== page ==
The August Wilson African American Cultural Center boasts a wide range of dynamic exhibition and educational spaces that have hosted thousands of talents artists and creative students of all ages and backgrounds. Within recent past, acclaimed visual artists who have showcased their works include Hebru Brantley, Romare Bearden, Latoya Ruby Frazier, Vanessa German, Tarish Pipkins, Peju Alatise, and many more.

Galleries are free and open to the public.

Gallery Hours

Wed, Thurs 11a-6p
Friday, Sat 11a-8p
Sunday 12p-5p


AAWC NewsCITYLAB – The Endangered Black Bars of New Orleans by Brentin MockRead More
Pittsburgh Current – Last Call: Photo Exhibit At August Wilson Center Explores The Loss Of Black SpacesRead More
New York Times – A Shot Before Last Call: Capturing New Orleans’s Vanishing Black BarsRead More
BOMB – Outstanding, Girl, You Knock Me Out: Ayana Evans and Tsedaye Makonnen, Interviewed by Jessica LanayRead More
BOMB – What’s Going On (or Some Violence To Get Some Good): Ben Jones, Interviewed by Jessica LanayRead More

Current Exhibitions

Sunday, March 1st | 2:00 pm – 4:00 pm | Artist talk with L. Kasimu Harris, Tunde Wey, and Brentin Mock, moderated by Kilolo Luckett in Gallery 2
Light refreshments and cash bar.

Sunday, March 29th | 4:30 pm – 6:00 pm | Closing reception with 30-minute performance by Ayana and Tsedaye followed by artist talk including Caroline Hunter, member to the Inkwell Polar Bears, moderated by Jessica Lanay in Gallery 1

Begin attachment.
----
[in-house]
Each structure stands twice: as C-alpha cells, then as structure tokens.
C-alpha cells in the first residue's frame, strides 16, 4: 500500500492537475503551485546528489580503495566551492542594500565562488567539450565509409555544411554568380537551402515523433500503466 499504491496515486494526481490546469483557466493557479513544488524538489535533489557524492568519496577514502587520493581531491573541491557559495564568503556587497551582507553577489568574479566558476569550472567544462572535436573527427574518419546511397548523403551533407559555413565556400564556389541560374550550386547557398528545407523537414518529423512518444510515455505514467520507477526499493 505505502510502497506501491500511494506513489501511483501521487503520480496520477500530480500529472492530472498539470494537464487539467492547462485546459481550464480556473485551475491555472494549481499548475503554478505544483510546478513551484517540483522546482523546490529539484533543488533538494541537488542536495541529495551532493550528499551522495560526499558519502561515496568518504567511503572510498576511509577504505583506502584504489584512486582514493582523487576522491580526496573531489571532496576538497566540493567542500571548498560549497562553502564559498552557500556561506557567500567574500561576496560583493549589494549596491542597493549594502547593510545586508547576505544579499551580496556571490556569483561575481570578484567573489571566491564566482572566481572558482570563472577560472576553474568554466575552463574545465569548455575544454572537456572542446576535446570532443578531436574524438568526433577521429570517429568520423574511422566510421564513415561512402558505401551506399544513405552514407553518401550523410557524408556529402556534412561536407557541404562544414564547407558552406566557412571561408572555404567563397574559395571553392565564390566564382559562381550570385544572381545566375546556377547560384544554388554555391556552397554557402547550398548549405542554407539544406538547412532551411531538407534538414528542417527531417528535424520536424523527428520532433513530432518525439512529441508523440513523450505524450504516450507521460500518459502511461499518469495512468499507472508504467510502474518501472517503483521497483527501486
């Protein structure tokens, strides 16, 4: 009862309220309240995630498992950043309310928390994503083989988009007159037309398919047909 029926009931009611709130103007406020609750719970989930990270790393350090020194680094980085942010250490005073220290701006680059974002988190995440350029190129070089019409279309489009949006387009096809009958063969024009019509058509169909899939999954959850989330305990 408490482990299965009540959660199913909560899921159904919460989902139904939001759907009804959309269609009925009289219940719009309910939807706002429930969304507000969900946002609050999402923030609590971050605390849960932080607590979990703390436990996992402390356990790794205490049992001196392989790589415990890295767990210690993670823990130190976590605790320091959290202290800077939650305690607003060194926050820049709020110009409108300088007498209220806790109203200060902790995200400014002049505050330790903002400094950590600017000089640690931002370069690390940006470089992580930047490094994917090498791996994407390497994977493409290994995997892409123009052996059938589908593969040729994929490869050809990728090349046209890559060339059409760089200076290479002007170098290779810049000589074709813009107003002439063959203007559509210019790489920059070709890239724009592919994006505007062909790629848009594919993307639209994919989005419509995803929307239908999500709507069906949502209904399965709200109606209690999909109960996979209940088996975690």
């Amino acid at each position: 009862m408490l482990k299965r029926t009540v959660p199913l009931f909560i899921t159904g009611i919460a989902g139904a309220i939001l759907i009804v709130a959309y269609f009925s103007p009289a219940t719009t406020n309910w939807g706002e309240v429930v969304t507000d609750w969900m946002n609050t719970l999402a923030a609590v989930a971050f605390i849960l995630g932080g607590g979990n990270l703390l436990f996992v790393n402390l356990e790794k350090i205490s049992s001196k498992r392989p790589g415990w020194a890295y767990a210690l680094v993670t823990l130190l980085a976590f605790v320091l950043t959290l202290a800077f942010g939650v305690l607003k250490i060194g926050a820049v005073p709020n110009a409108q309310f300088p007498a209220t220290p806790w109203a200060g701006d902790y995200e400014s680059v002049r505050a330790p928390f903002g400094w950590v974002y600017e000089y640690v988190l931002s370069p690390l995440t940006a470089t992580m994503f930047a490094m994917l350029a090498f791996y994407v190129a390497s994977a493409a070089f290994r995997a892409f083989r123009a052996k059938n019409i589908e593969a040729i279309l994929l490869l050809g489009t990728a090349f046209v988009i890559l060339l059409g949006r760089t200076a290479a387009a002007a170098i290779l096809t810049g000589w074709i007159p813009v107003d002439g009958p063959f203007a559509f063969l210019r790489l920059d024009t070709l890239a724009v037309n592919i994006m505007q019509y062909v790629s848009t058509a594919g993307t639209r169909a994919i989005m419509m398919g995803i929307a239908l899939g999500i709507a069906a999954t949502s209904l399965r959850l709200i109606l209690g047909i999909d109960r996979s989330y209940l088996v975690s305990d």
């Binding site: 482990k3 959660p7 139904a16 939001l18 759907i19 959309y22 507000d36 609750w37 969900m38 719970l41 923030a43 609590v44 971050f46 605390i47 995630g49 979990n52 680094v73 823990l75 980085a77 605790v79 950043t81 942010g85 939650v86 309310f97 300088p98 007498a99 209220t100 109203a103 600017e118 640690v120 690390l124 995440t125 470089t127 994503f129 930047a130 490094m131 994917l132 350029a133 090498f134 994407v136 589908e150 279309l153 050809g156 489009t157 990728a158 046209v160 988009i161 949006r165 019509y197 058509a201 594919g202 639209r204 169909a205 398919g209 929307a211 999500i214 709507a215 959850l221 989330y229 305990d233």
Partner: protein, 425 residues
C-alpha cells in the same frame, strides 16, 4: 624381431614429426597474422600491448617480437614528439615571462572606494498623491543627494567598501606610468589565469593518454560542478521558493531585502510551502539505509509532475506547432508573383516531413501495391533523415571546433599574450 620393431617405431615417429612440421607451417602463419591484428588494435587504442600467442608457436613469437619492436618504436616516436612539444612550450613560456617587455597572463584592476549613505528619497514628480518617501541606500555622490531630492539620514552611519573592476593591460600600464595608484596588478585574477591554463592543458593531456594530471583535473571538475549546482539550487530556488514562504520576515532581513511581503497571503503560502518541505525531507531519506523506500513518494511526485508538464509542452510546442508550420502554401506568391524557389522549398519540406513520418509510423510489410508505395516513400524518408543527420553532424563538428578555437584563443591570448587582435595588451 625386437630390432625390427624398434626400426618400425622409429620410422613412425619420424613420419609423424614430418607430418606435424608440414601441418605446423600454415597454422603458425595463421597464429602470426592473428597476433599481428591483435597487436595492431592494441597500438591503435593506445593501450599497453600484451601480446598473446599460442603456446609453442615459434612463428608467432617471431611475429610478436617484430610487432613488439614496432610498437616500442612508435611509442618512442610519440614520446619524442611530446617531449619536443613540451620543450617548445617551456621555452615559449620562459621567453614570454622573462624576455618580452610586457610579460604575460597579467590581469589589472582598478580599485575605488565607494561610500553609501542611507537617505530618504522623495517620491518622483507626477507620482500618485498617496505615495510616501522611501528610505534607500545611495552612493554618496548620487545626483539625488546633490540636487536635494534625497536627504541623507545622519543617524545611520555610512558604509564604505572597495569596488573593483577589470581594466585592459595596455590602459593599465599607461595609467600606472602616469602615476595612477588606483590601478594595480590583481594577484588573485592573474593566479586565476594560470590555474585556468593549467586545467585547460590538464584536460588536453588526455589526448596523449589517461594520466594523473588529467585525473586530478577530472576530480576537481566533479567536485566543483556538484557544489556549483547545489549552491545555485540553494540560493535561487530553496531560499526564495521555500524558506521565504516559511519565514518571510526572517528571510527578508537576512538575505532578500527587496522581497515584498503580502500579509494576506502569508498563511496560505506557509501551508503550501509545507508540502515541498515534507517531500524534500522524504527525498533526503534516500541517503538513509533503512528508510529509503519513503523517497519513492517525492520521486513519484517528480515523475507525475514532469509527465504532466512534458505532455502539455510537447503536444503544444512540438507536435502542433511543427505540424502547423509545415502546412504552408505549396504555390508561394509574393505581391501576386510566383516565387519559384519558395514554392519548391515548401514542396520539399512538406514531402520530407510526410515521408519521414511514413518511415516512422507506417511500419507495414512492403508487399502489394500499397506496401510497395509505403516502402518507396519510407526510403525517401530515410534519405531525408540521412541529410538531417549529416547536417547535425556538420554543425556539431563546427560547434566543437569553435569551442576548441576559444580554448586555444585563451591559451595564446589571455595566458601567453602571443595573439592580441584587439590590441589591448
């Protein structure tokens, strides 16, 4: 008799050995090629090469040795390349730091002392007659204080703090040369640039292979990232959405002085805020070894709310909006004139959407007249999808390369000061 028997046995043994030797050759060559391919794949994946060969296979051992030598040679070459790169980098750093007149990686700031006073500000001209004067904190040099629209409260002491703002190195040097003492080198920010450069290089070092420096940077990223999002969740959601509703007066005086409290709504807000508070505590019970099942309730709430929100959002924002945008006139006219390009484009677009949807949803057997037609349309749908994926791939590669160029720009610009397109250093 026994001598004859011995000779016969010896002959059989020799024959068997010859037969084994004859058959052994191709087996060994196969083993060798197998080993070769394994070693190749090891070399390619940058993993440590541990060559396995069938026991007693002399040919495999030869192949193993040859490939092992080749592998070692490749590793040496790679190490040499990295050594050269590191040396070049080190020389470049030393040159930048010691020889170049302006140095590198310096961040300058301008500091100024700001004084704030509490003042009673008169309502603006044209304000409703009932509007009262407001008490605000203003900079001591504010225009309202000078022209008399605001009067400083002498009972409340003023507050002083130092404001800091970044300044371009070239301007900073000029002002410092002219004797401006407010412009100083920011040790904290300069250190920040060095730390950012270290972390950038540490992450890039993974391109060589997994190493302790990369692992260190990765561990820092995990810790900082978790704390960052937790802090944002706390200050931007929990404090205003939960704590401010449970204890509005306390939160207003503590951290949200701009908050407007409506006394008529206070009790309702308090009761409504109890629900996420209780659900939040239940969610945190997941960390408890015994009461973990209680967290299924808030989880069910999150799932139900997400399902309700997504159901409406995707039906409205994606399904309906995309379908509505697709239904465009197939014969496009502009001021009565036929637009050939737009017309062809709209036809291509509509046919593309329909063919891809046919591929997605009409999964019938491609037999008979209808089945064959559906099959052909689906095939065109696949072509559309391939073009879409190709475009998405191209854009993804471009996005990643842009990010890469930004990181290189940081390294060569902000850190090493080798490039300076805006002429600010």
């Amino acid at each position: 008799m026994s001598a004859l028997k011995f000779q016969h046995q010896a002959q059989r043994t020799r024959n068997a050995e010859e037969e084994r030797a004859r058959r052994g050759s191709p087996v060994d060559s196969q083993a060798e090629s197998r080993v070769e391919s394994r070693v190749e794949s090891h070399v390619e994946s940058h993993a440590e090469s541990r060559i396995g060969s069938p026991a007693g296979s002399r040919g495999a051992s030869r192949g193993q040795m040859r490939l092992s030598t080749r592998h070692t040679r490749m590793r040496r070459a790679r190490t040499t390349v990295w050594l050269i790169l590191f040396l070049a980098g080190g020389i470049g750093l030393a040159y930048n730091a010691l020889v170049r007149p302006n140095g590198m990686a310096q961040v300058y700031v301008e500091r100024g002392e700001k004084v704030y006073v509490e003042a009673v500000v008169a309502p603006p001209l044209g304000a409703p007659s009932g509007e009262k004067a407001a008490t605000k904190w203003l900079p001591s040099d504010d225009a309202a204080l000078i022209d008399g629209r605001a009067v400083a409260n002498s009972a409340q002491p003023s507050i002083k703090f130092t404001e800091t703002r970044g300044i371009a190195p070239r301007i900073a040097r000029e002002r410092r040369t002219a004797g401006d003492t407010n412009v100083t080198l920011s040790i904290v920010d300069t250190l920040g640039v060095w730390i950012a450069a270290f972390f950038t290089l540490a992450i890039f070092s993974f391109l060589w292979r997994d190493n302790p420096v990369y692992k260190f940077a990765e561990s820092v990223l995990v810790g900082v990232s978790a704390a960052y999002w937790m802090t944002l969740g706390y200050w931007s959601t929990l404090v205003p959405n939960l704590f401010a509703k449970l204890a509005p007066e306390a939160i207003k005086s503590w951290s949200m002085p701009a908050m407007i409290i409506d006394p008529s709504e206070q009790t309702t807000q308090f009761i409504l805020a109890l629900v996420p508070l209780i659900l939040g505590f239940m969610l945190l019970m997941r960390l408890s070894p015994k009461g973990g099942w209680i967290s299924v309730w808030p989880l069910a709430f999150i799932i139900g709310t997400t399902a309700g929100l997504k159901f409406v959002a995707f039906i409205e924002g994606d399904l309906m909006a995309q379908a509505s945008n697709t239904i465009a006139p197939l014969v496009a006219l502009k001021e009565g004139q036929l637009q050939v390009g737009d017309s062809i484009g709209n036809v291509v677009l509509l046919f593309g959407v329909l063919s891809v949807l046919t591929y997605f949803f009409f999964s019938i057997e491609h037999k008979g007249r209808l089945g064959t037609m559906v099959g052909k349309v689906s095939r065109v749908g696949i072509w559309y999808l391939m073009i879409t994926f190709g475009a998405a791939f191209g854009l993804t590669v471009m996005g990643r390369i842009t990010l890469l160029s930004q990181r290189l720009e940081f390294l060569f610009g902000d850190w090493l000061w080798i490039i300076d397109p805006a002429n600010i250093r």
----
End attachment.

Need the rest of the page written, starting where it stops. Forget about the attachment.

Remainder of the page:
Light refreshments and cash bar.
Galleries will stay open until 6:30 pm

Presenting The Black Avant-Garde: A Tribute to Senga and Maren, 2019

Gallery 1

I came by Boat so Meet me at the Beach.: Ayana M. Evans and Tsedaye Makonnen

Ayana M. Evans, New York-based performance artist, and Tsedaye Makonnen, multidisciplinary artist from Washington, DC, present new collaborative works and performances that explore the legacies of Black radical womanhood in relationship to well-being, ritual, and physical labor.

Organized by Kilolo Luckett, curator of Visual Arts.

January 24 through March 29, 2020
On view in The BNY Mellon Gallery, first floor.

Black Bar in NOLA: Verret’s, 2018

Gallery 2

Vanishing Black Bars & Lounges: Photographs by L. Kasimu Harris

New Orleans-based photographer L. Kasimu Harris documents disappearing social halls and leisure clubs that were safe gathering spaces for African Americans for entertainment, benevolent causes, and community activism.

Organized by Kilolo Luckett, curator of Visual Arts.

January 24 through March 29, 2020
On view in the Claude Worthington Benedum Foundation Gallery, second floor.

Current Exhibition Event Photos